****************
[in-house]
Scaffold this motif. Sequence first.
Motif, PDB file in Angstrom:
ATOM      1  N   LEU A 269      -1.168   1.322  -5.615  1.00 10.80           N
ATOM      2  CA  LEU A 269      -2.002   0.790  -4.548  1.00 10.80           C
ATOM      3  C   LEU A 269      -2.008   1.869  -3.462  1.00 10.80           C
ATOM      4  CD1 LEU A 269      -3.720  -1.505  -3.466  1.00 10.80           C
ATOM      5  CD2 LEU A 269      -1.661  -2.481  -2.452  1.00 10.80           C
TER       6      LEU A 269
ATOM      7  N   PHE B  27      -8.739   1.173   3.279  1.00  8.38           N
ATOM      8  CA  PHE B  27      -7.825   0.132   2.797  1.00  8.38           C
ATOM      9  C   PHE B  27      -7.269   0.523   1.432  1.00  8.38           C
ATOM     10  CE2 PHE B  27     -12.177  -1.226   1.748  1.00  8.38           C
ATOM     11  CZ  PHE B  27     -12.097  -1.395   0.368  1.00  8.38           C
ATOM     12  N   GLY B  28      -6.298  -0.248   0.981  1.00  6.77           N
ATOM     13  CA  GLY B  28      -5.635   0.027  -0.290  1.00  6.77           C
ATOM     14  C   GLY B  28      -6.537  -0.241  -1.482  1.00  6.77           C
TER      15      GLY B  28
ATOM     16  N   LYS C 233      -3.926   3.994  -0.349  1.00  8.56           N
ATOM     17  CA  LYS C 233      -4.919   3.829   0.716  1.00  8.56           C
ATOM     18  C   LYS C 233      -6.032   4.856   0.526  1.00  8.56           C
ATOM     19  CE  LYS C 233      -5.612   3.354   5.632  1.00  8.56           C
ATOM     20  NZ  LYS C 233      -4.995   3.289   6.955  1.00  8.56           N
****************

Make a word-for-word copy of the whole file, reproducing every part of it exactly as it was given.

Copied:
[in-house]
Scaffold this motif. Sequence first.
Motif, PDB file in Angstrom:
ATOM      1  N   LEU A 269      -1.168   1.322  -5.615  1.00 10.80           N
ATOM      2  CA  LEU A 269      -2.002   0.790  -4.548  1.00 10.80           C
ATOM      3  C   LEU A 269      -2.008   1.869  -3.462  1.00 10.80           C
ATOM      4  CD1 LEU A 269      -3.720  -1.505  -3.466  1.00 10.80           C
ATOM      5  CD2 LEU A 269      -1.661  -2.481  -2.452  1.00 10.80           C
TER       6      LEU A 269
ATOM      7  N   PHE B  27      -8.739   1.173   3.279  1.00  8.38           N
ATOM      8  CA  PHE B  27      -7.825   0.132   2.797  1.00  8.38           C
ATOM      9  C   PHE B  27      -7.269   0.523   1.432  1.00  8.38           C
ATOM     10  CE2 PHE B  27     -12.177  -1.226   1.748  1.00  8.38           C
ATOM     11  CZ  PHE B  27     -12.097  -1.395   0.368  1.00  8.38           C
ATOM     12  N   GLY B  28      -6.298  -0.248   0.981  1.00  6.77           N
ATOM     13  CA  GLY B  28      -5.635   0.027  -0.290  1.00  6.77           C
ATOM     14  C   GLY B  28      -6.537  -0.241  -1.482  1.00  6.77           C
TER      15      GLY B  28
ATOM     16  N   LYS C 233      -3.926   3.994  -0.349  1.00  8.56           N
ATOM     17  CA  LYS C 233      -4.919   3.829   0.716  1.00  8.56           C
ATOM     18  C   LYS C 233      -6.032   4.856   0.526  1.00  8.56           C
ATOM     19  CE  LYS C 233      -5.612   3.354   5.632  1.00  8.56           C
ATOM     20  NZ  LYS C 233      -4.995   3.289   6.955  1.00  8.56           N